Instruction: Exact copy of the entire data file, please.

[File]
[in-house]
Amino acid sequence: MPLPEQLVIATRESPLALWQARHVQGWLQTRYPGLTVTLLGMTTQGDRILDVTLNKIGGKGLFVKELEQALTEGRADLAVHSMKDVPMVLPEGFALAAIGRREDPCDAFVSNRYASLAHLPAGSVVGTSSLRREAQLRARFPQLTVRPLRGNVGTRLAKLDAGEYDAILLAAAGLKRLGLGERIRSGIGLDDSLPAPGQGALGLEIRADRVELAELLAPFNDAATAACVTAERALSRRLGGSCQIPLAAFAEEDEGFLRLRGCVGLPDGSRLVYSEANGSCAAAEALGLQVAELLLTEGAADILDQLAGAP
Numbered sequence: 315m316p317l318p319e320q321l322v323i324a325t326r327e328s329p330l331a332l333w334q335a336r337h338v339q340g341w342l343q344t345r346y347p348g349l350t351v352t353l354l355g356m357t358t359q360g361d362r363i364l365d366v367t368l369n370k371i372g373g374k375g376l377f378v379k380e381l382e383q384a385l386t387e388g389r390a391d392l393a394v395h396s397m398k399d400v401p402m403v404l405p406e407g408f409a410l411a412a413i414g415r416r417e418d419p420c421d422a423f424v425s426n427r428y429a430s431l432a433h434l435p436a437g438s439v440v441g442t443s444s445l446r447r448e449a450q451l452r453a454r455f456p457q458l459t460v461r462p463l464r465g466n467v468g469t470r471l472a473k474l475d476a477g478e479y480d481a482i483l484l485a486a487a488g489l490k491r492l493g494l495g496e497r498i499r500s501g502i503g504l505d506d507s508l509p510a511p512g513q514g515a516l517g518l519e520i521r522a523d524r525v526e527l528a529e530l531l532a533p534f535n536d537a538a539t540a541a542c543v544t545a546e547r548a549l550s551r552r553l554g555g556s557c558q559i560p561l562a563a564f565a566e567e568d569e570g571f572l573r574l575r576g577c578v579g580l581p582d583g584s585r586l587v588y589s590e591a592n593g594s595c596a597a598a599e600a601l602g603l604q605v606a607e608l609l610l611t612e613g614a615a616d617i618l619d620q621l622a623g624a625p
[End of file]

[in-house]
Amino acid sequence: MPLPEQLVIATRESPLALWQARHVQGWLQTRYPGLTVTLLGMTTQGDRILDVTLNKIGGKGLFVKELEQALTEGRADLAVHSMKDVPMVLPEGFALAAIGRREDPCDAFVSNRYASLAHLPAGSVVGTSSLRREAQLRARFPQLTVRPLRGNVGTRLAKLDAGEYDAILLAAAGLKRLGLGERIRSGIGLDDSLPAPGQGALGLEIRADRVELAELLAPFNDAATAACVTAERALSRRLGGSCQIPLAAFAEEDEGFLRLRGCVGLPDGSRLVYSEANGSCAAAEALGLQVAELLLTEGAADILDQLAGAP
Numbered sequence: 315m316p317l318p319e320q321l322v323i324a325t326r327e328s329p330l331a332l333w334q335a336r337h338v339q340g341w342l343q344t345r346y347p348g349l350t351v352t353l354l355g356m357t358t359q360g361d362r363i364l365d366v367t368l369n370k371i372g373g374k375g376l377f378v379k380e381l382e383q384a385l386t387e388g389r390a391d392l393a394v395h396s397m398k399d400v401p402m403v404l405p406e407g408f409a410l411a412a413i414g415r416r417e418d419p420c421d422a423f424v425s426n427r428y429a430s431l432a433h434l435p436a437g438s439v440v441g442t443s444s445l446r447r448e449a450q451l452r453a454r455f456p457q458l459t460v461r462p463l464r465g466n467v468g469t470r471l472a473k474l475d476a477g478e479y480d481a482i483l484l485a486a487a488g489l490k491r492l493g494l495g496e497r498i499r500s501g502i503g504l505d506d507s508l509p510a511p512g513q514g515a516l517g518l519e520i521r522a523d524r525v526e527l528a529e530l531l532a533p534f535n536d537a538a539t540a541a542c543v544t545a546e547r548a549l550s551r552r553l554g555g556s557c558q559i560p561l562a563a564f565a566e567e568d569e570g571f572l573r574l575r576g577c578v579g580l581p582d583g584s585r586l587v588y589s590e591a592n593g594s595c596a597a598a599e600a601l602g603l604q605v606a607e608l609l610l611t612e613g614a615a616d617i618l619d620q621l622a623g624a625p